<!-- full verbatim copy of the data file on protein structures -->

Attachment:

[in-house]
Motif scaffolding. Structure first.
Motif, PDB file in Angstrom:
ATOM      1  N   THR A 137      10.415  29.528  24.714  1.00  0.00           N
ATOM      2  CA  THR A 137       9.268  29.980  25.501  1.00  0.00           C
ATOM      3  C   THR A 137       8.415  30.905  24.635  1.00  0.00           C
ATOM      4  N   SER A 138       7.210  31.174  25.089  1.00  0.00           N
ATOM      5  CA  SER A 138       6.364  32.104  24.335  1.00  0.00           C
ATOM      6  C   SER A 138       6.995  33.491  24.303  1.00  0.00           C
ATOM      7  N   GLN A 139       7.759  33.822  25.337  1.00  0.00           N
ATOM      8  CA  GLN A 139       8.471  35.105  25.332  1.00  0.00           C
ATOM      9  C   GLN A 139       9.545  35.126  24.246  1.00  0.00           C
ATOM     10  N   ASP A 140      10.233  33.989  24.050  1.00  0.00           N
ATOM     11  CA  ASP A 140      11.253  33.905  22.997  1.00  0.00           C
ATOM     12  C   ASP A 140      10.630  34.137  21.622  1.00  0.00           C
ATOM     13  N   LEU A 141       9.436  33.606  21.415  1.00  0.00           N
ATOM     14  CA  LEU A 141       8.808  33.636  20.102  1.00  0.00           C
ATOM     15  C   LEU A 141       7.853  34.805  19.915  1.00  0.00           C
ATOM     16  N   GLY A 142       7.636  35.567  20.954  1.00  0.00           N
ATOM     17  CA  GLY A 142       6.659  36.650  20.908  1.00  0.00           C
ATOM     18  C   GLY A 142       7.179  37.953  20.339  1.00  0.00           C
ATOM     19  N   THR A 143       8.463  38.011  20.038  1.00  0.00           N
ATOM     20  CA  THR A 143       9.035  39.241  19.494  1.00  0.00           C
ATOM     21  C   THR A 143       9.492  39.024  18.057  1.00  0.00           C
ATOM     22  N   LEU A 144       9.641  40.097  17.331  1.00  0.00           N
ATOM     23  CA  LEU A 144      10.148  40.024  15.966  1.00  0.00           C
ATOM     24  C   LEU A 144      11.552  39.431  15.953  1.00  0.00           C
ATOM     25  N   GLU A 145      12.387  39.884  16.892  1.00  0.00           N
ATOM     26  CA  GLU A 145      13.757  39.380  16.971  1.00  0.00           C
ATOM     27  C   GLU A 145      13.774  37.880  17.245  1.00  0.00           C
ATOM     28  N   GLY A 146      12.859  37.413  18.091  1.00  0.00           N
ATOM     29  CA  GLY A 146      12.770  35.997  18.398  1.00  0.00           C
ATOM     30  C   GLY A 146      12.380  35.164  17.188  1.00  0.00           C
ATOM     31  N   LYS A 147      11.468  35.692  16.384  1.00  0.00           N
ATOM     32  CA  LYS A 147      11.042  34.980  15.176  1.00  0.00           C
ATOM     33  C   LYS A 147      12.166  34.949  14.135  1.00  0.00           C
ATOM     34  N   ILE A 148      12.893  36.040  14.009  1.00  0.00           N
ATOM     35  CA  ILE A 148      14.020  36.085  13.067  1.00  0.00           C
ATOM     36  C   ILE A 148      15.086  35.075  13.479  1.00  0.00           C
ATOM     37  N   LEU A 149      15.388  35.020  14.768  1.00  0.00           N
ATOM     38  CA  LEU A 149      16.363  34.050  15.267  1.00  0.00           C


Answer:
[in-house]
Motif scaffolding. Structure first.
Motif, PDB file in Angstrom:
ATOM      1  N   THR A 137      10.415  29.528  24.714  1.00  0.00           N
ATOM      2  CA  THR A 137       9.268  29.980  25.501  1.00  0.00           C
ATOM      3  C   THR A 137       8.415  30.905  24.635  1.00  0.00           C
ATOM      4  N   SER A 138       7.210  31.174  25.089  1.00  0.00           N
ATOM      5  CA  SER A 138       6.364  32.104  24.335  1.00  0.00           C
ATOM      6  C   SER A 138       6.995  33.491  24.303  1.00  0.00           C
ATOM      7  N   GLN A 139       7.759  33.822  25.337  1.00  0.00           N
ATOM      8  CA  GLN A 139       8.471  35.105  25.332  1.00  0.00           C
ATOM      9  C   GLN A 139       9.545  35.126  24.246  1.00  0.00           C
ATOM     10  N   ASP A 140      10.233  33.989  24.050  1.00  0.00           N
ATOM     11  CA  ASP A 140      11.253  33.905  22.997  1.00  0.00           C
ATOM     12  C   ASP A 140      10.630  34.137  21.622  1.00  0.00           C
ATOM     13  N   LEU A 141       9.436  33.606  21.415  1.00  0.00           N
ATOM     14  CA  LEU A 141       8.808  33.636  20.102  1.00  0.00           C
ATOM     15  C   LEU A 141       7.853  34.805  19.915  1.00  0.00           C
ATOM     16  N   GLY A 142       7.636  35.567  20.954  1.00  0.00           N
ATOM     17  CA  GLY A 142       6.659  36.650  20.908  1.00  0.00           C
ATOM     18  C   GLY A 142       7.179  37.953  20.339  1.00  0.00           C
ATOM     19  N   THR A 143       8.463  38.011  20.038  1.00  0.00           N
ATOM     20  CA  THR A 143       9.035  39.241  19.494  1.00  0.00           C
ATOM     21  C   THR A 143       9.492  39.024  18.057  1.00  0.00           C
ATOM     22  N   LEU A 144       9.641  40.097  17.331  1.00  0.00           N
ATOM     23  CA  LEU A 144      10.148  40.024  15.966  1.00  0.00           C
ATOM     24  C   LEU A 144      11.552  39.431  15.953  1.00  0.00           C
ATOM     25  N   GLU A 145      12.387  39.884  16.892  1.00  0.00           N
ATOM     26  CA  GLU A 145      13.757  39.380  16.971  1.00  0.00           C
ATOM     27  C   GLU A 145      13.774  37.880  17.245  1.00  0.00           C
ATOM     28  N   GLY A 146      12.859  37.413  18.091  1.00  0.00           N
ATOM     29  CA  GLY A 146      12.770  35.997  18.398  1.00  0.00           C
ATOM     30  C   GLY A 146      12.380  35.164  17.188  1.00  0.00           C
ATOM     31  N   LYS A 147      11.468  35.692  16.384  1.00  0.00           N
ATOM     32  CA  LYS A 147      11.042  34.980  15.176  1.00  0.00           C
ATOM     33  C   LYS A 147      12.166  34.949  14.135  1.00  0.00           C
ATOM     34  N   ILE A 148      12.893  36.040  14.009  1.00  0.00           N
ATOM     35  CA  ILE A 148      14.020  36.085  13.067  1.00  0.00           C
ATOM     36  C   ILE A 148      15.086  35.075  13.479  1.00  0.00           C
ATOM     37  N   LEU A 149      15.388  35.020  14.768  1.00  0.00           N
ATOM     38  CA  LEU A 149      16.363  34.050  15.267  1.00  0.00           C